Billions of light years apart<p>Several pieces of research are causing interest in these large-scale structures to heat up. The most mind-blowingly distant synchronized motion was reported in 2014, when the rotation axes of 19 super-massive black holes at the centers of quasars — out of 100 quasars studied — were found to be in alignment, <em>billions</em> of light years apart. <a href="https://www.vice.com/en_us/article/zmj7pw/theres-growing-evidence-that-the-universe-is-connected-by-giant-structures?fbclid=IwAR3vGbN5k3ehfflhtfhqDWRTZYKFV55qWDFcdeNg7qzehMuWUzYxOD6DYW8" target="_blank">According to</a> the study's lead author, astronomer <a href="http://www.reflexions.uliege.be/cms/c_24506/en/hutsemekers-damien" target="_blank">Damien Hutsemékers</a> of the University of Liège in Belgium, "Galaxy spin axes are known to align with large-scale structures such as cosmic filaments but this occurs on smaller scales. However, there is currently no explanation why the axes of quasars are aligned with the axis of the large group in which they are embedded."</p><p>The first word of the research paper's title, "<a href="https://www.eso.org/public/usa/news/eso1438/" target="_blank">Spooky Alignment of Quasars Across Billions of Light-years</a>," invokes cosmic-scale quantum entanglement as a possible explanation.</p><img type="lazy-image" data-runner-src="https://assets.rebelmouse.io/eyJhbGciOiJIUzI1NiIsInR5cCI6IkpXVCJ9.eyJpbWFnZSI6Imh0dHBzOi8vYXNzZXRzLnJibC5tcy8yMjA4OTQwOS9vcmlnaW4uanBnIiwiZXhwaXJlc19hdCI6MTYzOTk0MTAwNn0.TcAZhf_nH7rSDCWMzIFIjD8hXEe8c36AYOscWWqZYNA/img.jpg?width=1245&coordinates=59%2C315%2C420%2C24&height=700" id="feb4b" class="rm-shortcode" data-rm-shortcode-id="9ccbeb20699df395705756fc71594ec7" data-rm-shortcode-name="rebelmouse-image" />
Image source: orin/Shutterstock/Big Think
Galaxies of a feather<p>Astronomer <a href="https://www.iau.org/administration/membership/individual/15249/" target="_blank">Joon Hyeop Lee</a> of the Korea Astronomy and Space Institute is the lead author of "Mysterious Coherence in Several-megaparsec Scales between Galaxy Rotation and Neighbor Motion," published in October of this year in <a href="https://iopscience.iop.org/article/10.3847/1538-4357/ab3fa3" target="_blank"><em>Astrophysical Journal</em></a>. Comparing data from two catalogs of redshift survey data — the Calar Alto Legacy Integral Field Area (CALIFA) and NASA-Sloan Atlas (NSA) catalogs — the researchers' analysis of 445 galaxies revealed, surprisingly, that galaxies six meparsecs, or 20 million light years, apart were moving in the same way. Those observed, for example, a galaxy moving toward the Earth was mirrored by other distant galaxies moving in the same direction.</p><p>"This discovery is quite new and unexpected," according to Lee, "I have never seen any previous report of observations or any prediction from numerical simulations, exactly related to this phenomenon."</p><p>Since the galaxies are too distant for their gravitational fields to be influencing each other, Lee poses another explanation: That the linked galaxies are both embedded within the same, large-scale structure.</p><img type="lazy-image" data-runner-src="https://assets.rebelmouse.io/eyJhbGciOiJIUzI1NiIsInR5cCI6IkpXVCJ9.eyJpbWFnZSI6Imh0dHBzOi8vYXNzZXRzLnJibC5tcy8yMjA4ODY0OC9vcmlnaW4uanBnIiwiZXhwaXJlc19hdCI6MTYwMjUwMDE0Nn0.xFyTGeG4n7A22n3yyPTnceCxBFfnRAKhtWNPF8bBmu8/img.jpg?width=980" id="53057" class="rm-shortcode" data-rm-shortcode-id="dc8830a93273645666a9098fd6def756" data-rm-shortcode-name="rebelmouse-image" />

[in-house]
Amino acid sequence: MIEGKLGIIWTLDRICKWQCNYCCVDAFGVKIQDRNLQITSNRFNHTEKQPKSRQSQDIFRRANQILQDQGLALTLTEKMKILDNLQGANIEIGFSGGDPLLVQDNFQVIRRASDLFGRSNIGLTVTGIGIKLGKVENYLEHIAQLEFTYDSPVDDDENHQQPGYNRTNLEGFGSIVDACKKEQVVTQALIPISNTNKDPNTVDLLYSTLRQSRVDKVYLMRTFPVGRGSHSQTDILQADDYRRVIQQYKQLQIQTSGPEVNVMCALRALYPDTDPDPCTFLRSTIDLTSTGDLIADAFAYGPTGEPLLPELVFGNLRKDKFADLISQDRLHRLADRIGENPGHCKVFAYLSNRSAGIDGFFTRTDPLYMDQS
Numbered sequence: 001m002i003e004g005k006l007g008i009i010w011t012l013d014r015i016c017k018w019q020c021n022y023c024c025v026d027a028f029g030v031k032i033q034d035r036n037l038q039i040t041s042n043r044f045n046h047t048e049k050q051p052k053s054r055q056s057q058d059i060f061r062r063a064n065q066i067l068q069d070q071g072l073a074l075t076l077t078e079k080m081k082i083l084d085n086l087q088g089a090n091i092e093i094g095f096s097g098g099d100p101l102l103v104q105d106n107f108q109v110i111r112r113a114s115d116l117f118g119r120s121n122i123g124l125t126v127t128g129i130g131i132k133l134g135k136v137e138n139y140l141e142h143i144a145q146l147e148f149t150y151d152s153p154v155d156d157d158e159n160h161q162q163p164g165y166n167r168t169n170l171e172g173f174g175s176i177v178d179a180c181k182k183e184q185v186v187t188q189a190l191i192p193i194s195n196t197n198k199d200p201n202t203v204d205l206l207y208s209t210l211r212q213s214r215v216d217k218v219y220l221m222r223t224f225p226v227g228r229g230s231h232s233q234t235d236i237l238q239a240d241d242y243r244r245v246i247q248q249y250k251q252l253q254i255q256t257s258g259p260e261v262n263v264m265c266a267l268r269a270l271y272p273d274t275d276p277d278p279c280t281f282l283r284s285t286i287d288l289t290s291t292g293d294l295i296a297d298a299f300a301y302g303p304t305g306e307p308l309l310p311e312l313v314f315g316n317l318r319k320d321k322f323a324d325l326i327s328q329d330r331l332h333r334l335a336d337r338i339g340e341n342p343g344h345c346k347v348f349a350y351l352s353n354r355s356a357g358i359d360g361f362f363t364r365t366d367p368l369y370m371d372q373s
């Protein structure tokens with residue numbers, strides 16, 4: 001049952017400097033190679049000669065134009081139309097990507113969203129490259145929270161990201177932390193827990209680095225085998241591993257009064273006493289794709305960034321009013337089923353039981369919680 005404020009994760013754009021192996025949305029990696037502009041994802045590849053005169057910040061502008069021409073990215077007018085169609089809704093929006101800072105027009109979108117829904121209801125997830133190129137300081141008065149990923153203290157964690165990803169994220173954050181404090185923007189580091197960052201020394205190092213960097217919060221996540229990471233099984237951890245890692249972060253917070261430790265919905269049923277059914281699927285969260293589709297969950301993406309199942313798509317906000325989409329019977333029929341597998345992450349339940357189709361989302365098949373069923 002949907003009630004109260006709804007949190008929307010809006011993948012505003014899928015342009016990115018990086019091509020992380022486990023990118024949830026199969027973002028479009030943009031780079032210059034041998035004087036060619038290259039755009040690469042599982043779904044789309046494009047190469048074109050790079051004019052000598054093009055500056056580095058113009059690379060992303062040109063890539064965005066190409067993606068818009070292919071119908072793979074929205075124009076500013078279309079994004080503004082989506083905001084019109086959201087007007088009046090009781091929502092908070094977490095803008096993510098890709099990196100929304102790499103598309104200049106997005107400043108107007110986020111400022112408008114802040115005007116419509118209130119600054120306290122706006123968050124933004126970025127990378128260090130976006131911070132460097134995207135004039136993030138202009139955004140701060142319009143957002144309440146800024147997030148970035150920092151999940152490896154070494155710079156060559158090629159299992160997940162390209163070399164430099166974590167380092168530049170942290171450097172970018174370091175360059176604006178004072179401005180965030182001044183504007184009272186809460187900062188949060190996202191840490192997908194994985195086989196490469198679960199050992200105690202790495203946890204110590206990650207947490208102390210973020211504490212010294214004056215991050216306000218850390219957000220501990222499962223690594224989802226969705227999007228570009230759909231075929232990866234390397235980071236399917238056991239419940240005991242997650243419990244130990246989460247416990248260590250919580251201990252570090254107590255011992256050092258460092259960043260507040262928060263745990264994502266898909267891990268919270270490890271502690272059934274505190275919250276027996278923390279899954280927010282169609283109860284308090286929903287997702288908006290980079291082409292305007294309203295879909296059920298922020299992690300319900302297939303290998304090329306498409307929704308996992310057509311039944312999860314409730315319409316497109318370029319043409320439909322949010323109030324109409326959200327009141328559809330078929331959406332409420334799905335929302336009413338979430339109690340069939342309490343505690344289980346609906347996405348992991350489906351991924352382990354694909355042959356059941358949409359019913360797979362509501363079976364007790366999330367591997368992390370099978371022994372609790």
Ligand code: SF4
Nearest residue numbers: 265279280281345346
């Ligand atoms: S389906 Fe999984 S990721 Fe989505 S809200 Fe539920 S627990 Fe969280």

Image source: sripfoto/Shutterstock/Big Think